First published: February/March 1998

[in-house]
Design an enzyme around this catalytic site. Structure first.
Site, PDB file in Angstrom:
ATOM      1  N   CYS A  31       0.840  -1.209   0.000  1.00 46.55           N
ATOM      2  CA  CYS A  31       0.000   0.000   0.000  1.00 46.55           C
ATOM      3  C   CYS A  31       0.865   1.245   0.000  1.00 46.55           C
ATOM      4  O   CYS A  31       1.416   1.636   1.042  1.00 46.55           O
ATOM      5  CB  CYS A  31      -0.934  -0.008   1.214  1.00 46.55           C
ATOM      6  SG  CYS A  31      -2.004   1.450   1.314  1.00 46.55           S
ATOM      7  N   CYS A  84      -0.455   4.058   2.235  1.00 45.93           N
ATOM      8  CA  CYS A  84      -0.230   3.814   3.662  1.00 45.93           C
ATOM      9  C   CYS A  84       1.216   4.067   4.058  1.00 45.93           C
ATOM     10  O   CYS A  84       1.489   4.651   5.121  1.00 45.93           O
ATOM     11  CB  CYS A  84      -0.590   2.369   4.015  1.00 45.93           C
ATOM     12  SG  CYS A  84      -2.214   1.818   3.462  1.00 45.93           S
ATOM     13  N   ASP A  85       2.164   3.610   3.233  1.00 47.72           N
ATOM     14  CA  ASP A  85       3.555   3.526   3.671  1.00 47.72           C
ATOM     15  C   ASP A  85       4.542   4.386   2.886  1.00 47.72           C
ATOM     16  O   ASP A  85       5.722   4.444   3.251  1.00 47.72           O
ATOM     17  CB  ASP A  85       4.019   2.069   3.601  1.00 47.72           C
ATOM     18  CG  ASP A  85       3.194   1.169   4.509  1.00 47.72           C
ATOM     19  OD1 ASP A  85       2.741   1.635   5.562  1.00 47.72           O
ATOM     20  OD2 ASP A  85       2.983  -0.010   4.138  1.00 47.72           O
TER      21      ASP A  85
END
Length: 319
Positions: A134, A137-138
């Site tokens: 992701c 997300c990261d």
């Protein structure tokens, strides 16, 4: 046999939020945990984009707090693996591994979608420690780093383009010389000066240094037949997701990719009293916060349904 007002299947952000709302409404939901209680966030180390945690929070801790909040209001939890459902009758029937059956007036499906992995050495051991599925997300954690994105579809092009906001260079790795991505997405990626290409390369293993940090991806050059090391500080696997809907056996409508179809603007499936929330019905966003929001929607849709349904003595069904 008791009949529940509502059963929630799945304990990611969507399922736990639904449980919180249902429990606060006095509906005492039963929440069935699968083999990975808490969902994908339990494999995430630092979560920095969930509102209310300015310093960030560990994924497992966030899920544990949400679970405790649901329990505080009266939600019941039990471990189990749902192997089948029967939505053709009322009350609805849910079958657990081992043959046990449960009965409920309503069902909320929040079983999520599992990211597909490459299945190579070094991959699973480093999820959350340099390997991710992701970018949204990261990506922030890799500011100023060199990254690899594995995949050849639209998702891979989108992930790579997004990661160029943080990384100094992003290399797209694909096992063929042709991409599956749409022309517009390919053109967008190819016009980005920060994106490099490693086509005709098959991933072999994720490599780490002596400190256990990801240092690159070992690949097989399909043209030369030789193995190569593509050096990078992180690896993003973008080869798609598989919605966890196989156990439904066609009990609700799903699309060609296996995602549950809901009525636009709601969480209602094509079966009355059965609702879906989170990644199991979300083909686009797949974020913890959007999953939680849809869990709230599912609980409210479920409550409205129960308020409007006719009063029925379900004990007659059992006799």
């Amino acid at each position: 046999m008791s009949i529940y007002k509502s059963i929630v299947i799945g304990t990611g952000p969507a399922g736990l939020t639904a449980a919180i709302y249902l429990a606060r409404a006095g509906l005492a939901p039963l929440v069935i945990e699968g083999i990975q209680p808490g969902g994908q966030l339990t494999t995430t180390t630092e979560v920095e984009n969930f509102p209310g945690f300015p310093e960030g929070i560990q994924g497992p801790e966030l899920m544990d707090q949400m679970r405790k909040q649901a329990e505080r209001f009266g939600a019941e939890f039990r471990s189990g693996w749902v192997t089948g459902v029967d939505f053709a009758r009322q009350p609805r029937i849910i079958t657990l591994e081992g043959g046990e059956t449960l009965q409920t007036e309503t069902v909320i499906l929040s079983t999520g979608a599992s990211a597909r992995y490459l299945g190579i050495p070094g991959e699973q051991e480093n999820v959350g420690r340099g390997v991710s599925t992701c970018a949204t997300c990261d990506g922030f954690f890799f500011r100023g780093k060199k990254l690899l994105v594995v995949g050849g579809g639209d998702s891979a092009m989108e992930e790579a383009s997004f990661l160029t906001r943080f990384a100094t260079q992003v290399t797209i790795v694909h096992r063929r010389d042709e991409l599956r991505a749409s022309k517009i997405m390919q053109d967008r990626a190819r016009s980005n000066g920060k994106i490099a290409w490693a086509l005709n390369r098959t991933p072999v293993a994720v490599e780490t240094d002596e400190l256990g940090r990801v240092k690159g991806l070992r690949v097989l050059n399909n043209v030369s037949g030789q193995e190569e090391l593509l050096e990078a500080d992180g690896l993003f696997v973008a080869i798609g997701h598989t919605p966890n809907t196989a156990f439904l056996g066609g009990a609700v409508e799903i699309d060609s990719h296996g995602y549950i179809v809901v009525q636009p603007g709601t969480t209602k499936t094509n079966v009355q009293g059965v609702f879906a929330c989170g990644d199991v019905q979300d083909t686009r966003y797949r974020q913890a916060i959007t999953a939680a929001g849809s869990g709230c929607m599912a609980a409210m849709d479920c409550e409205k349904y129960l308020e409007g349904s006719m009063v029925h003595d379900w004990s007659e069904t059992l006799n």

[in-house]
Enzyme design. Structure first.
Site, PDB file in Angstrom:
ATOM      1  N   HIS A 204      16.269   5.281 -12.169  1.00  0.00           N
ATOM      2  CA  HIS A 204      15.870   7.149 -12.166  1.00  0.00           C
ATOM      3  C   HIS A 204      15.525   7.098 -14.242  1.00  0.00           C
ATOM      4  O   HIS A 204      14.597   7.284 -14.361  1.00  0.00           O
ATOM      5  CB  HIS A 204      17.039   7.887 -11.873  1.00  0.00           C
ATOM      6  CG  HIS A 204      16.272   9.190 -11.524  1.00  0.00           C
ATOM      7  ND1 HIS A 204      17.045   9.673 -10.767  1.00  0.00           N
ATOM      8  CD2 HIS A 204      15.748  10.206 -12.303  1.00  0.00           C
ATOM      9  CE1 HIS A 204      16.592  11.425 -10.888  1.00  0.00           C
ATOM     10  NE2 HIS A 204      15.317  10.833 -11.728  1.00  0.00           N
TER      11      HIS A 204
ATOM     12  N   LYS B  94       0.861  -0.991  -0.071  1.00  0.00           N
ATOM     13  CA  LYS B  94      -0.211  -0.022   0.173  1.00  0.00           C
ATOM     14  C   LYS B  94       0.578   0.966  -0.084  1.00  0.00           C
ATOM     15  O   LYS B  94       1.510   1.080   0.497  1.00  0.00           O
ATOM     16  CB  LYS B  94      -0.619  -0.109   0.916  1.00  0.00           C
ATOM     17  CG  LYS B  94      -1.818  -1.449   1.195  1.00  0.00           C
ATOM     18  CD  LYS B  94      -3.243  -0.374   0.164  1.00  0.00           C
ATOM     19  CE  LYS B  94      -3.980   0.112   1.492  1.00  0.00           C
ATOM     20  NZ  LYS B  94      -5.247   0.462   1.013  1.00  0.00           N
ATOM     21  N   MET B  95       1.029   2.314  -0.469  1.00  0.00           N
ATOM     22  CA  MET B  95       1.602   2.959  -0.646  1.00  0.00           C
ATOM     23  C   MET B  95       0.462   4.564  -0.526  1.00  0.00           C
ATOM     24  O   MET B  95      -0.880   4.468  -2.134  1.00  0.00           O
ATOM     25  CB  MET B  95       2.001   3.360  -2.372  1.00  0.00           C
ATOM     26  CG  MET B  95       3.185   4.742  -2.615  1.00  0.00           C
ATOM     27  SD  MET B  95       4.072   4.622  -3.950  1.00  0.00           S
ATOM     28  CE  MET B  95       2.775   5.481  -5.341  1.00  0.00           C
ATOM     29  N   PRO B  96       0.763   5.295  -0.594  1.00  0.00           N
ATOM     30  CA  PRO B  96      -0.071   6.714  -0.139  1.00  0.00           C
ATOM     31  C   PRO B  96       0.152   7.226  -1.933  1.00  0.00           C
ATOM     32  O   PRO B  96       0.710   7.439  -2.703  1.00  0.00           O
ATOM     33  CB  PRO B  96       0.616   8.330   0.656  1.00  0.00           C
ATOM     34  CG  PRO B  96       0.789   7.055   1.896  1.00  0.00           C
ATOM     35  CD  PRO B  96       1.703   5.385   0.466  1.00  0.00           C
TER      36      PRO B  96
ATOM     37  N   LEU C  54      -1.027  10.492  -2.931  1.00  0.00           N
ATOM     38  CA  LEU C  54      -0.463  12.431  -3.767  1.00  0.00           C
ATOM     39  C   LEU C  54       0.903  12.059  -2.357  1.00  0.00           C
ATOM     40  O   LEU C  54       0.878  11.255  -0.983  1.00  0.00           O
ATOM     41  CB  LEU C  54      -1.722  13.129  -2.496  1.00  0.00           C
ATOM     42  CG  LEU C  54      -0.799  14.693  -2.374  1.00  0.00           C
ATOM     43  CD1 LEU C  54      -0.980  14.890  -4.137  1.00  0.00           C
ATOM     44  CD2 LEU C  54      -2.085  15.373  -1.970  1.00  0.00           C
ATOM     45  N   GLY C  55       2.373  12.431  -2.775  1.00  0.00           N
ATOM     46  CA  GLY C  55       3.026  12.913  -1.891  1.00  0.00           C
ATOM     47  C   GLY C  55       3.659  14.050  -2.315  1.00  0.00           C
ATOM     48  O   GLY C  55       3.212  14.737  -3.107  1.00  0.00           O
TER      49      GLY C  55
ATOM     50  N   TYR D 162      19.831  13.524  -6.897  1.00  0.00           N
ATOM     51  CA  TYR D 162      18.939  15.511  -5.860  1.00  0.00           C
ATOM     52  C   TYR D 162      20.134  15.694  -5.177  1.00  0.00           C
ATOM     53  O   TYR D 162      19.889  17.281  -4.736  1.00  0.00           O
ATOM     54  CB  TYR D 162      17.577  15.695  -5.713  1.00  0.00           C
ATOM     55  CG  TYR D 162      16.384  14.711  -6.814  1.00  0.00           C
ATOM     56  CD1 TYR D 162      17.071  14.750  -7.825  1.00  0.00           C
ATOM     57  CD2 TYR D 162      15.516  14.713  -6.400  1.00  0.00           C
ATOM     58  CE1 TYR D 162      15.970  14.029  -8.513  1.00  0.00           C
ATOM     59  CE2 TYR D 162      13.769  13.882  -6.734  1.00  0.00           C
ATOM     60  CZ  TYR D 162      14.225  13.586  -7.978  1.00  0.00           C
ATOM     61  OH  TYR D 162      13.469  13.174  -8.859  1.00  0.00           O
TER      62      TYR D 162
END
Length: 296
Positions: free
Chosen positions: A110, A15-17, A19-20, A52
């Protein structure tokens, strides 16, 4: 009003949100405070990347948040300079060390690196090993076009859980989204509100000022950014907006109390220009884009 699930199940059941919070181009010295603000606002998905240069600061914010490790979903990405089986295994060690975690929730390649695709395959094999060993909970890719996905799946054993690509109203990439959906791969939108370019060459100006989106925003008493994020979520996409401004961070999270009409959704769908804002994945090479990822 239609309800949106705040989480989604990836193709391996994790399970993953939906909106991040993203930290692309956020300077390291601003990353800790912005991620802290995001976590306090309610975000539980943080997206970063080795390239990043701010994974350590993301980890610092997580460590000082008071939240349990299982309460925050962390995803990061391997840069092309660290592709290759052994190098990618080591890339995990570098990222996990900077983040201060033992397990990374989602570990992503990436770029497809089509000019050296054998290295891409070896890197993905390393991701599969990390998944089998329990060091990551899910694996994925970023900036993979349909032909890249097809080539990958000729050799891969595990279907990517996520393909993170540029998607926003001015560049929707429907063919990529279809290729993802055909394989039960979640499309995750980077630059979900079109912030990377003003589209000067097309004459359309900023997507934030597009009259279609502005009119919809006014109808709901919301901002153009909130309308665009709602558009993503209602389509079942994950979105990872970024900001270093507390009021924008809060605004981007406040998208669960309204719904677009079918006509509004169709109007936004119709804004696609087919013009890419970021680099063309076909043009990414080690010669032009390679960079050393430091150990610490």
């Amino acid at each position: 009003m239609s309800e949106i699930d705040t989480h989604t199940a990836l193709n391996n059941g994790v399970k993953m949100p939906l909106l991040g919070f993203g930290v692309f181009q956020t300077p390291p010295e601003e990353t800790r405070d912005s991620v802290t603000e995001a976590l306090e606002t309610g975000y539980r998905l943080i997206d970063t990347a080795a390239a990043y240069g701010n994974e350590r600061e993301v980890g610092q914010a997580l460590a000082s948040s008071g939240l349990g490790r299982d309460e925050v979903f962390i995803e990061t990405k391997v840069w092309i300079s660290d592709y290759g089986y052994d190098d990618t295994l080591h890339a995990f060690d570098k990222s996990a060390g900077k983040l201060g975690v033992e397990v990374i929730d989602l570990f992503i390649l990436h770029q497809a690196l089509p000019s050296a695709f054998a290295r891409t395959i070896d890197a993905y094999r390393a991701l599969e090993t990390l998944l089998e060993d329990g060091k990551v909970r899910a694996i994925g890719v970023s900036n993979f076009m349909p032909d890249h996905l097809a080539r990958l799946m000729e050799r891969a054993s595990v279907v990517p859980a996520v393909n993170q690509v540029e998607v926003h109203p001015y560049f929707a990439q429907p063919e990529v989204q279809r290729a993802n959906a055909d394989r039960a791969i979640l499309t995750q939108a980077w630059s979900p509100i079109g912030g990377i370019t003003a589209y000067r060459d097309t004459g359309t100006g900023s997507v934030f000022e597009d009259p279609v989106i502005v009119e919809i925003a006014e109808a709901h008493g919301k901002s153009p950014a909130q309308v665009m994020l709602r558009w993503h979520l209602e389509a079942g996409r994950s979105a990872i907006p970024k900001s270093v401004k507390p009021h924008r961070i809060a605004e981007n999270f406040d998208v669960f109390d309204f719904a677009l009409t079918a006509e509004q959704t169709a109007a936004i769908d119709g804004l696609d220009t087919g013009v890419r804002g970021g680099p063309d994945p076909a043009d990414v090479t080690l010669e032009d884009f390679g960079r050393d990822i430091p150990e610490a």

The financial crises which began in east Asia and Japan in the latter half of 1997 hit what had been the most dynamic part of the world economy – cross-Pacific trade overtook trans-Atlantic trade a decade ago. Together with the gyrations they produced on world financial markets, these events showed that the world capitalist economy is nowhere near the new ‘golden age’ of prolonged economic growth predicted by some bourgeois economists in the United States. On the contrary, the chain of economic events which started in October 1997, with the greatest stock market crash since 1929, is continuing to work its way through the international capitalist economy. The crash of 1987 was followed by the 1990 collapse of the Japanese stock market, the crash of world bond markets in 1994, the Mexican crash in the same year, prolonged stagnation in the early 1990s in Japan and most of the European Union and, now, the crises of the Asian ‘tigers’, recession in Japan and consequent turbulence on world stock markets, with severe knock-on effects in Latin America, eastern Europe and Russia.